One type of evidence that strongly supported the Theory of Continental Drift is the fossil record. Fossils of similar types of plants and animals in rocks of a similar age have been found on the shores of different continents, suggesting that the continents were once joined. For example, fossils of Mesosaurus, a freshwater reptile, have been found both in Brazil and western Africa. Also, fossils of the land reptile Lystrosaurus have been found in rocks of the same age in Africa, India and Antarctica.
The Theory of Plate Tectonics builds on Wegener’s Theory of Continental Drift. In the Theory of Plate Tectonics, it is tectonic plates, rather than continents, which are moving.
Tectonic plates are pieces of the lithosphere and crust, which float on the asthenosphere. There are currently seven plates that make up most of the continents and the Pacific Ocean. They are:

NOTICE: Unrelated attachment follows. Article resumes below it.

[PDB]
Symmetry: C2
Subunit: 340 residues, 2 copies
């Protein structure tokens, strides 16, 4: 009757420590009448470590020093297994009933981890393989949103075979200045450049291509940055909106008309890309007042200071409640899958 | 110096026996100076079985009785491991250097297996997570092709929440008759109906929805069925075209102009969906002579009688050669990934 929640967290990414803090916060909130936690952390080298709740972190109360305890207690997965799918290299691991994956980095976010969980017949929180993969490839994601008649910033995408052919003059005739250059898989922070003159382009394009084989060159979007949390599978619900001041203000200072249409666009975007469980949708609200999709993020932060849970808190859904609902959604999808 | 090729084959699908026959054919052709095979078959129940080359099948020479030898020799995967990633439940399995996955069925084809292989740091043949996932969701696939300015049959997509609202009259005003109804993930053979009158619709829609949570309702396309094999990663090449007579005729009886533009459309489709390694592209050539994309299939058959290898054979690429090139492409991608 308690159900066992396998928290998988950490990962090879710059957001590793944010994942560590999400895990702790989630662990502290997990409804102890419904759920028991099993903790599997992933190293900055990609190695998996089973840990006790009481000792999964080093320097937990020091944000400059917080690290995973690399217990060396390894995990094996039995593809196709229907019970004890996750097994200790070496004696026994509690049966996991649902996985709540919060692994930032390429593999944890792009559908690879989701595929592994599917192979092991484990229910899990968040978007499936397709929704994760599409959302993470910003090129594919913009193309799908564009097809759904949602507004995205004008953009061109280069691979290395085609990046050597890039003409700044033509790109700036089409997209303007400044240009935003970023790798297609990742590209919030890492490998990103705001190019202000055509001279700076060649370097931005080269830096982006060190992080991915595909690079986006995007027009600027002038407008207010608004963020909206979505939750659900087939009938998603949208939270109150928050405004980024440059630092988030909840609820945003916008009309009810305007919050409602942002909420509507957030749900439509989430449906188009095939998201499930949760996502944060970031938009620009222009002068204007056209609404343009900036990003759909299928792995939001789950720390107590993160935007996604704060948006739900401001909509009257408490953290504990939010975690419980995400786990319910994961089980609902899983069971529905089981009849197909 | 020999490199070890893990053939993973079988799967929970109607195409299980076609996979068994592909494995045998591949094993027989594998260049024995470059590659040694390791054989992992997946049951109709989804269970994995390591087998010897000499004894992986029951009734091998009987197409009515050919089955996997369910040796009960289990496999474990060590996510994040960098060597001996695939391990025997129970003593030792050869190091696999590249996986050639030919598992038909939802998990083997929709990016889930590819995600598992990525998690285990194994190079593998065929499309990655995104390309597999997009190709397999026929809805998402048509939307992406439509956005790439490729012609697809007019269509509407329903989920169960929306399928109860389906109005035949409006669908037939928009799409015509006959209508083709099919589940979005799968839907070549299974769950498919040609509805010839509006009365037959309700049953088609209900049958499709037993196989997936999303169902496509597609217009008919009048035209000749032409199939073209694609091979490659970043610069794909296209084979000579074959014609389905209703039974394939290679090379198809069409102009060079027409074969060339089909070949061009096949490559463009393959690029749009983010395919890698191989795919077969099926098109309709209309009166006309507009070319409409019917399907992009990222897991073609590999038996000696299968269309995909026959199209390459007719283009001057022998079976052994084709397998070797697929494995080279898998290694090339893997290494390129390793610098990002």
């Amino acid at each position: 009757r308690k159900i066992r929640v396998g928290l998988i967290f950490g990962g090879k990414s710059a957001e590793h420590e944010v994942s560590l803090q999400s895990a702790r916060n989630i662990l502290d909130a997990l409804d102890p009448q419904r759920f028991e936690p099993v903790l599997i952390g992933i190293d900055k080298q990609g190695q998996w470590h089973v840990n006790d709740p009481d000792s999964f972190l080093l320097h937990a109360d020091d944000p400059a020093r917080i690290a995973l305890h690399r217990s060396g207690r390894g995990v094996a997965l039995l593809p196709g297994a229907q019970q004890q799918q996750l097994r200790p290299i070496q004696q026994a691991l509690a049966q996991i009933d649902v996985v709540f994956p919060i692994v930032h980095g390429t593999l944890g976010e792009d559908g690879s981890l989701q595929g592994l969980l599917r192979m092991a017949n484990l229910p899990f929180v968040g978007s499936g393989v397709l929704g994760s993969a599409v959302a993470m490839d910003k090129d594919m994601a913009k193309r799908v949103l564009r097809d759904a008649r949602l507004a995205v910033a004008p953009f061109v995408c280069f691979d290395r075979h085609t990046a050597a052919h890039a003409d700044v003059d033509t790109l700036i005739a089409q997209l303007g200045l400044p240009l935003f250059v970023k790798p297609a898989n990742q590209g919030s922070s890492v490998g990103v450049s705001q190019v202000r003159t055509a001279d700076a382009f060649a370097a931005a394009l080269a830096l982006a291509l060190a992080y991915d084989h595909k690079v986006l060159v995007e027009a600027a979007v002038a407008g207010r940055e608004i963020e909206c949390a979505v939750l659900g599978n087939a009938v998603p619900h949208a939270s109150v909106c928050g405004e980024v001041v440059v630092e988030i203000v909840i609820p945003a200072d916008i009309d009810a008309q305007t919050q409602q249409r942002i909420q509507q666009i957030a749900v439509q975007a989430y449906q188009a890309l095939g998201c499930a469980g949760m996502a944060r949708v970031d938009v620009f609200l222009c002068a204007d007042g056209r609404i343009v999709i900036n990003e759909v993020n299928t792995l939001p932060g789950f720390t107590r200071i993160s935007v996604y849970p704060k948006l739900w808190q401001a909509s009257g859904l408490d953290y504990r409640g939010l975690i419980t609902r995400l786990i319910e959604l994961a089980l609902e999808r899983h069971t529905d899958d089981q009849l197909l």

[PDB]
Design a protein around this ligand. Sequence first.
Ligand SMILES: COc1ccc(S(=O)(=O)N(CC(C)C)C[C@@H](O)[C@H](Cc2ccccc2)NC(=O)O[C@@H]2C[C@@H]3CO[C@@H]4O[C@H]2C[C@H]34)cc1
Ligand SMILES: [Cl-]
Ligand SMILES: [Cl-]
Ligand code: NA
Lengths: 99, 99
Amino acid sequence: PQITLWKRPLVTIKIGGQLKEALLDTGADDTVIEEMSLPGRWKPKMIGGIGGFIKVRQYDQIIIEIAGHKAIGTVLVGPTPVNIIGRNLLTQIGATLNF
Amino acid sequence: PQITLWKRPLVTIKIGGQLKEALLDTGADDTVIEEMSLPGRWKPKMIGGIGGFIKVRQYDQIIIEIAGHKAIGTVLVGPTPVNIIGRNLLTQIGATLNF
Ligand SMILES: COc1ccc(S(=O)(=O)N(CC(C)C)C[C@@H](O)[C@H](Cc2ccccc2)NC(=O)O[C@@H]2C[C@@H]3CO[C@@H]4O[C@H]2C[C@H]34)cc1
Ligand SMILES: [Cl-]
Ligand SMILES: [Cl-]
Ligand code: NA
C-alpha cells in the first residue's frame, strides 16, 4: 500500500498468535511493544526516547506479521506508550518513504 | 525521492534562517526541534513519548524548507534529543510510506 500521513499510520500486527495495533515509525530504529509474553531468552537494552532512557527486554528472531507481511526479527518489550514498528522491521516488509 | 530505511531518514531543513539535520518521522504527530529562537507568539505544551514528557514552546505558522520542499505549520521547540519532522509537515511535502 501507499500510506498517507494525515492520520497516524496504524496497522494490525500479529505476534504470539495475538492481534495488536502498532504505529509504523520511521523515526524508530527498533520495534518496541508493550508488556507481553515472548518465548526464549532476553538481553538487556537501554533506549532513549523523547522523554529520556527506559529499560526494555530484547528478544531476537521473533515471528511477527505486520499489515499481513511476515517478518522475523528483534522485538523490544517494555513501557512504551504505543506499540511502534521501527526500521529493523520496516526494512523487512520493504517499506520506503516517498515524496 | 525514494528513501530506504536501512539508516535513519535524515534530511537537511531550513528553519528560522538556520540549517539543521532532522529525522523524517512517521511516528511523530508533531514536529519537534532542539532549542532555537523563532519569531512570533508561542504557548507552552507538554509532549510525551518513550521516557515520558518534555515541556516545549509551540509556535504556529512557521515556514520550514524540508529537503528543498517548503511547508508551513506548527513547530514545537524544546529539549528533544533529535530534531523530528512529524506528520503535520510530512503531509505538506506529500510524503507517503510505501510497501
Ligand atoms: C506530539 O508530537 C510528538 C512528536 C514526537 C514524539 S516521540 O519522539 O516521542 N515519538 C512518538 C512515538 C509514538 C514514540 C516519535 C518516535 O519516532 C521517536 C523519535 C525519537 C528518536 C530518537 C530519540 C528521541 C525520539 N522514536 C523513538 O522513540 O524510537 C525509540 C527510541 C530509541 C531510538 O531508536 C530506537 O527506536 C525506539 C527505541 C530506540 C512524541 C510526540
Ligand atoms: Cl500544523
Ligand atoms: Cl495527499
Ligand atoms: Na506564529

- African Plate
- Antarctic Plate
- Eurasian Plate
- Indo-Australian Plate
- North American Plate
- Pacific Plate
- South American Plate
There are eight other smaller secondary plates as well as many other microplates which do not make up significant amounts of landmass. Tectonic plates not only move land masses (continental crust), but also oceans (ocean crust). Since the plates are floating on liquid rock, they are constantly moving and bumping against each other. This means that the sizes and positions of these plates change over time.